Treasure Islands by Nicholas Shaxson

Of course no non-fiction book these days is published without a subtitle; this one is Treasure Islands: Tax Havens and the Men Who Stole the World. It is a book with a particular argument to make, that tax havens are a Bad Thing. And it does a good job of making it engaging and readable, considering […]

Egypt, Libya, foreign policy and honesty

I have been following events in north Africa closely, both via the usual media outlets and Twitter (see, for example, Andy Carvin’s one-man newswire for all the latest rumours swirling around). But I haven’t said much about it on this blog because, well, it’s a complicated subject of which I am ignorant. It has often […]

Yes to AV.

Just a quick pointer to a couple of my blog posts from last year’s election: ‘First Past The Post makes politicians lie to us’. And the follow-up: ‘FPTP makes politicians lie to us (hypocrisy update)’. I would actually favour some kind of proportional representation — this one seems quite ingenious — but at least AV would […]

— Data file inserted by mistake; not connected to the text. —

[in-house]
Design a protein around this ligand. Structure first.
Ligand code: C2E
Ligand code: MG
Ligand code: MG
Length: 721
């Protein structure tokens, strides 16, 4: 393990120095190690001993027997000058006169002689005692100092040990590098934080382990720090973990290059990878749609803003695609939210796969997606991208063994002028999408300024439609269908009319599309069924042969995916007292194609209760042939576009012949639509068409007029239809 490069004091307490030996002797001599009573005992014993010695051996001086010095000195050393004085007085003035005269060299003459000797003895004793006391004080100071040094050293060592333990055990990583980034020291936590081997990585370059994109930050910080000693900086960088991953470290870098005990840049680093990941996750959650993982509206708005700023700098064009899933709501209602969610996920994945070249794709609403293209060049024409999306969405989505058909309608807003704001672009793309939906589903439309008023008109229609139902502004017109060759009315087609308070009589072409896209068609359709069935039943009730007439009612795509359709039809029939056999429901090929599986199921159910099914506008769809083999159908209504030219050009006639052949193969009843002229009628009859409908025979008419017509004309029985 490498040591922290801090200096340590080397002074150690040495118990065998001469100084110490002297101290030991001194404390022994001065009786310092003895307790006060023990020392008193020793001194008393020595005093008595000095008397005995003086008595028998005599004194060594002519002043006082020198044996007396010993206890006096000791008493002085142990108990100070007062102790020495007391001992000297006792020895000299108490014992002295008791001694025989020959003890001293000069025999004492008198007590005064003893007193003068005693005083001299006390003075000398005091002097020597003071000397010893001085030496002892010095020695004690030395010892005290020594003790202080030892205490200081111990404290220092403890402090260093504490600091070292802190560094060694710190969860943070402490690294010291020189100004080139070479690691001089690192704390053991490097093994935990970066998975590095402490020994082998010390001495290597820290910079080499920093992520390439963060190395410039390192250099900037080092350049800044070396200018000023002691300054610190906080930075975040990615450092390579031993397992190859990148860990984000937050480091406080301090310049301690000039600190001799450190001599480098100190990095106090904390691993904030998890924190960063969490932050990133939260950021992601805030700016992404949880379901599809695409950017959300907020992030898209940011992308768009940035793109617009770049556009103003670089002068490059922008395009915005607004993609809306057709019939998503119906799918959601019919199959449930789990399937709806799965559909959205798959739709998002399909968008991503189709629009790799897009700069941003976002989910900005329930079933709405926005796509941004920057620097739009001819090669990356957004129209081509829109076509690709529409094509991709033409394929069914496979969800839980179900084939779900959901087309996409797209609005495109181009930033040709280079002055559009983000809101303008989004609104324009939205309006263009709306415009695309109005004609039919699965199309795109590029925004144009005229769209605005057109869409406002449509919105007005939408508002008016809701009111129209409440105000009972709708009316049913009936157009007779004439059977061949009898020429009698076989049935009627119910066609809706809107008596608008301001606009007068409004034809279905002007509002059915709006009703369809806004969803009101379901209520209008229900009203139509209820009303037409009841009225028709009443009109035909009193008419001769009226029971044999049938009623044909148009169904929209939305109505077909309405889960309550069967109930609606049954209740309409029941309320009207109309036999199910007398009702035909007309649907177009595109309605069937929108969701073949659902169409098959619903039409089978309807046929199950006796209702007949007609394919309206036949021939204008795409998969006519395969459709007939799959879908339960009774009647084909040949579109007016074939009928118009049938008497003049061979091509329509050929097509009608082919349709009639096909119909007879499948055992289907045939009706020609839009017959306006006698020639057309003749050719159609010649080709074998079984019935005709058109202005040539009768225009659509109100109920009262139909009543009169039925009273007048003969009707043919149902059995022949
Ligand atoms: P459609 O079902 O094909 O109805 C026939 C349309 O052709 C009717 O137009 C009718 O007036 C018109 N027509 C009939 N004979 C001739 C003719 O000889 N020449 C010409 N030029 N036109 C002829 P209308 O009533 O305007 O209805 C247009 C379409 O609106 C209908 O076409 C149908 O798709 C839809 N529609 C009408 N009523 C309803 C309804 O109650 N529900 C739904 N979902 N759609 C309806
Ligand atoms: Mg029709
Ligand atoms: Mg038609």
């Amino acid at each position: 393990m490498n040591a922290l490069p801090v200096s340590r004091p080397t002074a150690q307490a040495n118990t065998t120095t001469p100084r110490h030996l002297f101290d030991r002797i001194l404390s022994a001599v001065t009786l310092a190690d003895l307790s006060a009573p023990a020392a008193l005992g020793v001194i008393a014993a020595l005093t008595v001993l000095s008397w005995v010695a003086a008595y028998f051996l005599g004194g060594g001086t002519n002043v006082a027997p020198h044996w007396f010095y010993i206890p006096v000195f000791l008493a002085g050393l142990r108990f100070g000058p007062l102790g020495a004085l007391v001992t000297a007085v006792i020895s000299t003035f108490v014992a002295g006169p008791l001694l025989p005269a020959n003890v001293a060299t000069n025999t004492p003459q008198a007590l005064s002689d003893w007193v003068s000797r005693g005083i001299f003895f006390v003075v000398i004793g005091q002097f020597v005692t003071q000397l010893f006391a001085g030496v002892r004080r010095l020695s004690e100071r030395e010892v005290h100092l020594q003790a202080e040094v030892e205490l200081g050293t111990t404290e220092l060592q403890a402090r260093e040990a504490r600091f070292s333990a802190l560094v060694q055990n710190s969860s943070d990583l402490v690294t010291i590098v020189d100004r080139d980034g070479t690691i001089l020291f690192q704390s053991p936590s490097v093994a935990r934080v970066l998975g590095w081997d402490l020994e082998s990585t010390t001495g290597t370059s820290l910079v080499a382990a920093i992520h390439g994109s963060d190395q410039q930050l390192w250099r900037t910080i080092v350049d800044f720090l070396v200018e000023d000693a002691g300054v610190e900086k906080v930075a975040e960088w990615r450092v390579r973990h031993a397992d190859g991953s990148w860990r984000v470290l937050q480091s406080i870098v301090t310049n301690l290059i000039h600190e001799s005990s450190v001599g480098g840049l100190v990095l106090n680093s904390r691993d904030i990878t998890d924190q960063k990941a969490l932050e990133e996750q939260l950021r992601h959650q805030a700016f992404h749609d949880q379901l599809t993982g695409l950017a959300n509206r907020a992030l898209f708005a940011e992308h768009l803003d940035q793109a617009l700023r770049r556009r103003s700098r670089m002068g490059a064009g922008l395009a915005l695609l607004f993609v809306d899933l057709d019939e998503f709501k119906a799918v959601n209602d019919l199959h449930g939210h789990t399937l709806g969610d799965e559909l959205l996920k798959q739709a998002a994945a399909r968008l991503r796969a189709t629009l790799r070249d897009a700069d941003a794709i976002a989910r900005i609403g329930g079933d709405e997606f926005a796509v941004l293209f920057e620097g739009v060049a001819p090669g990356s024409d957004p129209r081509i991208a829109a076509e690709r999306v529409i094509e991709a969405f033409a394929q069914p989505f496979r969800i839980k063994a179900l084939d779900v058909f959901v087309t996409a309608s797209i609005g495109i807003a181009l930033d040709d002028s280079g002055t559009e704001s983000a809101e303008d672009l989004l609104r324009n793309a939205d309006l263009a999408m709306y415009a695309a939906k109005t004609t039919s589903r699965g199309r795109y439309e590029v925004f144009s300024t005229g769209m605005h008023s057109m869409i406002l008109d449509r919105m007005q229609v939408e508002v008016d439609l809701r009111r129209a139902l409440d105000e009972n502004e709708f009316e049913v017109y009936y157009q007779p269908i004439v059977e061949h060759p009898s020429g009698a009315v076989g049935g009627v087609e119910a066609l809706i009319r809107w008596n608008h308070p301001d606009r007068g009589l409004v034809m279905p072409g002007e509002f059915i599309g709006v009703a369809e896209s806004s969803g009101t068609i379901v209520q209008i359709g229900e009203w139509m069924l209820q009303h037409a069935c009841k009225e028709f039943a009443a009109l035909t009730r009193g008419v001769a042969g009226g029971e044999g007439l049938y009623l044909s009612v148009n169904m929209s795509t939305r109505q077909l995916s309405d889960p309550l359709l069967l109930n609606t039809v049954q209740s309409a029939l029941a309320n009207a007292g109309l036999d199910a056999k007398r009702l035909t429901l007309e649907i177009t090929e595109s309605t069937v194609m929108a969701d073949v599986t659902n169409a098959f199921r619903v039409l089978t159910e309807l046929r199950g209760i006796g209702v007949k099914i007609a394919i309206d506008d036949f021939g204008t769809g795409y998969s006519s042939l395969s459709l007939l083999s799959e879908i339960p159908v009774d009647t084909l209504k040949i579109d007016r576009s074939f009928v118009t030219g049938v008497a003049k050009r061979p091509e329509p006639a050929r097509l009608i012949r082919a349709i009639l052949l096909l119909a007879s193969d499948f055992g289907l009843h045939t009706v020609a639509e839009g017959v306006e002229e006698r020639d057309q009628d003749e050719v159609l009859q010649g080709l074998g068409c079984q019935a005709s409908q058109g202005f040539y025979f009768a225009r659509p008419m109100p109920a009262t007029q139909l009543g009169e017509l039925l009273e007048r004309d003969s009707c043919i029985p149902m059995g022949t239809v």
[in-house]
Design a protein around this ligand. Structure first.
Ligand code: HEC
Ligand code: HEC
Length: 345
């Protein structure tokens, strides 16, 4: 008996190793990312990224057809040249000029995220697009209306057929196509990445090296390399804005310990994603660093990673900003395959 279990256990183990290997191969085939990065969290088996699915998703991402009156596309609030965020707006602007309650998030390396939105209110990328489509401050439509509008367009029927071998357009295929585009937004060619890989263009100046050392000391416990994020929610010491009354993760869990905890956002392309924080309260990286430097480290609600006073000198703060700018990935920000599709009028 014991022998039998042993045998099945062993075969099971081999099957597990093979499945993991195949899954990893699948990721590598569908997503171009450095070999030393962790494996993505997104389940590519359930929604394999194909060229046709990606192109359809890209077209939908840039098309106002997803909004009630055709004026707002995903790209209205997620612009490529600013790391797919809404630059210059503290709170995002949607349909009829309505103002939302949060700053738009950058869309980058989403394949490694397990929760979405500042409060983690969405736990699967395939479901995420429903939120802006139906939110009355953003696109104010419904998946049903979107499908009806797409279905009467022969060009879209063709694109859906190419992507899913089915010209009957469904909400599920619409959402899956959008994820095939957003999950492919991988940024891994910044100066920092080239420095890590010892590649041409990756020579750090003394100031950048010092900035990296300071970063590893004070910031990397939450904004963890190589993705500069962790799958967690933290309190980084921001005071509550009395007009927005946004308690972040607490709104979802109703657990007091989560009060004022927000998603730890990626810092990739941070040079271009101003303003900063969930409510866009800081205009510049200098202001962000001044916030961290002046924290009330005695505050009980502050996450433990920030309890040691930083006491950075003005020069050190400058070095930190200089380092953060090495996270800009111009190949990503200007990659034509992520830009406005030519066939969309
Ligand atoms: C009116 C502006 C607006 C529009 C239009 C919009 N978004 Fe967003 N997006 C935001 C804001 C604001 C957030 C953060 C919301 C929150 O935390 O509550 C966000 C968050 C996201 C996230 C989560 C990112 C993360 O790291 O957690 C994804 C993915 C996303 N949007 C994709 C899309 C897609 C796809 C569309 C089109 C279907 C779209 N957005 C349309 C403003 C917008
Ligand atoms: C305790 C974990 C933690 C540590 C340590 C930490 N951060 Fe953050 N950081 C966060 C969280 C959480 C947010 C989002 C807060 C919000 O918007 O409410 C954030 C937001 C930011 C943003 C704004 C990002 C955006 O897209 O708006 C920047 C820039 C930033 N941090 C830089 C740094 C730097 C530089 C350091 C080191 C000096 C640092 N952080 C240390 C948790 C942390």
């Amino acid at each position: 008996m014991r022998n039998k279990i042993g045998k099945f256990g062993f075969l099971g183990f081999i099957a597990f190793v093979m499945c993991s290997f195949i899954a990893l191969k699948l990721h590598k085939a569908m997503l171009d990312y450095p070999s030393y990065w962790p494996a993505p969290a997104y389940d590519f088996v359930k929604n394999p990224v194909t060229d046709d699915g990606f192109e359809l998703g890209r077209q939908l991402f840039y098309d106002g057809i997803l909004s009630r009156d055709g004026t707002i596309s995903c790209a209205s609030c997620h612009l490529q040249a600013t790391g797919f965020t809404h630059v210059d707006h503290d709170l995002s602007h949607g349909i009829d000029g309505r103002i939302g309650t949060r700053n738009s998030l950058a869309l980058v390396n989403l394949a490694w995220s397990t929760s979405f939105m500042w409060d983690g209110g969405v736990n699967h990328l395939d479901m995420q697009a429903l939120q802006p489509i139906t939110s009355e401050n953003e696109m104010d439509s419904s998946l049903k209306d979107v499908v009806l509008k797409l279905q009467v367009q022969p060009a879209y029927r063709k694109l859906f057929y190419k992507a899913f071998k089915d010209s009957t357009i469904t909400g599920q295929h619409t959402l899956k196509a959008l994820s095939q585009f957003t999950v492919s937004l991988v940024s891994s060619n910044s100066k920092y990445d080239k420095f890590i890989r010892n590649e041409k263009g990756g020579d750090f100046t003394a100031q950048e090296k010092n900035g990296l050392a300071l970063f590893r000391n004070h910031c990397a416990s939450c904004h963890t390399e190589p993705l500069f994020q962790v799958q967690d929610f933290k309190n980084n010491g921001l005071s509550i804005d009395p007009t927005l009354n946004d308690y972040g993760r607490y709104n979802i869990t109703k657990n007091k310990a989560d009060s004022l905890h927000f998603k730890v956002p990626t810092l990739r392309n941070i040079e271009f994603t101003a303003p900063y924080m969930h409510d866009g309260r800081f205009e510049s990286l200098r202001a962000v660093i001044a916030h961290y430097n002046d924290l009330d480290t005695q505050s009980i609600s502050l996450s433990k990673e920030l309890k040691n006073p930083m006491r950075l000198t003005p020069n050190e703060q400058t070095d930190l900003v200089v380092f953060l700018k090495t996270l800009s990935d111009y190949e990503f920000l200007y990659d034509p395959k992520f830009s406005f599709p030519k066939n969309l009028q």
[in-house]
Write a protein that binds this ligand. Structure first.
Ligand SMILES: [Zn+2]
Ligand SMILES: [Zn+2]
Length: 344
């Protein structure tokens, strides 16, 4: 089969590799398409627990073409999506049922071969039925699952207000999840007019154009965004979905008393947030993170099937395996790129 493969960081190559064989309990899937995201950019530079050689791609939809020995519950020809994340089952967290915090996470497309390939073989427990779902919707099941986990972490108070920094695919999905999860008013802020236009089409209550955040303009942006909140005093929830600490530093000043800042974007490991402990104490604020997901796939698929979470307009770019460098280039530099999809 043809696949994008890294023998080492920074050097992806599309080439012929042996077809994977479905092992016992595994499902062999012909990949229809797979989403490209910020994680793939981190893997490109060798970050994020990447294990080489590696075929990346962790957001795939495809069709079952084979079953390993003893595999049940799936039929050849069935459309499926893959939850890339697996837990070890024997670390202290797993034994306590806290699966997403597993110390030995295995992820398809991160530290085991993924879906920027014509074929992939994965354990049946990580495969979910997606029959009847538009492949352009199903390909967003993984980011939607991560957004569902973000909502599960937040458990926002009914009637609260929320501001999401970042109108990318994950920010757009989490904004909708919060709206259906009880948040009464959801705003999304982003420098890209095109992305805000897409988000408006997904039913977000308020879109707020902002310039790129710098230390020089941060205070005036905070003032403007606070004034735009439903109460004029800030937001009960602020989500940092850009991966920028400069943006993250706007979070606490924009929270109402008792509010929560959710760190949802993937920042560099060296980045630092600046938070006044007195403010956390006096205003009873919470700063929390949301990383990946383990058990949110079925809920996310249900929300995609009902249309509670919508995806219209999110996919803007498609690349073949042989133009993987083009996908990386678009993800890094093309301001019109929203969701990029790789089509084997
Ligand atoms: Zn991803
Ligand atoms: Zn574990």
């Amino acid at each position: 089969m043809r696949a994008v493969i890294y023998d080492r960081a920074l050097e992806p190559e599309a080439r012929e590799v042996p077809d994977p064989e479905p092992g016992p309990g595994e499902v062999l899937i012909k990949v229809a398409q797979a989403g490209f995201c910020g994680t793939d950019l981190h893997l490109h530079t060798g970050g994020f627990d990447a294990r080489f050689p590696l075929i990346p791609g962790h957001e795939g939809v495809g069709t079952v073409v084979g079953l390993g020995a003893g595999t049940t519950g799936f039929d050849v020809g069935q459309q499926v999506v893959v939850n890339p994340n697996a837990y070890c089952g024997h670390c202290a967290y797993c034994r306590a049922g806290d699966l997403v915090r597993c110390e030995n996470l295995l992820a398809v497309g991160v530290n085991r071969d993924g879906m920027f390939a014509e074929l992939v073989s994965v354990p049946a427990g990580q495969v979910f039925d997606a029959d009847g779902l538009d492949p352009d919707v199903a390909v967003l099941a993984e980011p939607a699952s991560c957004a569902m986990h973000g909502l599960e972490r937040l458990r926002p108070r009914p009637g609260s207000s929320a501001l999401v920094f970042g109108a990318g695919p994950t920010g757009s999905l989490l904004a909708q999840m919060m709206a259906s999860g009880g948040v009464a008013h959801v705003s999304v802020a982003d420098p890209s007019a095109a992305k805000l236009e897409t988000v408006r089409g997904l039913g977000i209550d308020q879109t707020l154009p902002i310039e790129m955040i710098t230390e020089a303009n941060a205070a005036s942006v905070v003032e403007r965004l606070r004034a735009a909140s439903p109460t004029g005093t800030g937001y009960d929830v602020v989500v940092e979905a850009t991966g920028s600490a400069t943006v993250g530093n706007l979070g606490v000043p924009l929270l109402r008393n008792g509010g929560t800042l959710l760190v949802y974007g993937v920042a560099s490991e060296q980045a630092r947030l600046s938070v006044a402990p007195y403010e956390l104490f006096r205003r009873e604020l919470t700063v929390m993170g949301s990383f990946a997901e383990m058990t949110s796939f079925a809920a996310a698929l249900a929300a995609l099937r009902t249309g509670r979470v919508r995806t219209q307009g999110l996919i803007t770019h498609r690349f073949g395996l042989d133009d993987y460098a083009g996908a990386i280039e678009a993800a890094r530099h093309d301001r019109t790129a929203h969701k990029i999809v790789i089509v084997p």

Egypt, the cricket, and dead tree news

The current situation in Egypt has been the second thing recently that has made newspapers feel like a ludicrously old-fashioned technology. The first, more trivially, was the cricket. England were playing in Australia, and because of the time difference, each day’s play was starting just before midnight and running until 7.30am — optimally designed to […]

Egypt joke

A joke I heard a few years ago, can’t remember where: Three agents are drinking in a bar, from the CIA, Mossad and the Egyptian secret police. After a few beers, they all start boasting about their tracking skills, and have a bet to see who can be quickest to head out into the desert […]

Gay marriage through the eye of a needle

Oh, for fuck’s sake. Someone is blaming the recent bird deaths on ‘the fact that America is violating God’s prohibition on homosexuality with support for gay marriage and the repeal of Don’t Ask, Don’t Tell.’ This is annoying on so many levels, but the particular one which is bothering me today is this. I’m no […]

More thinking about Wikileaks

One interesting thing I’ve noticed since Wikileaks exploded out of its relative obscurity: I keep finding myself of things which I wish someone would leak to them. So, after FIFA awarded the World Cup to Russia and Qatar in what is widely asumed to be a more-or-less bent bidding process, I thought ‘there must be […]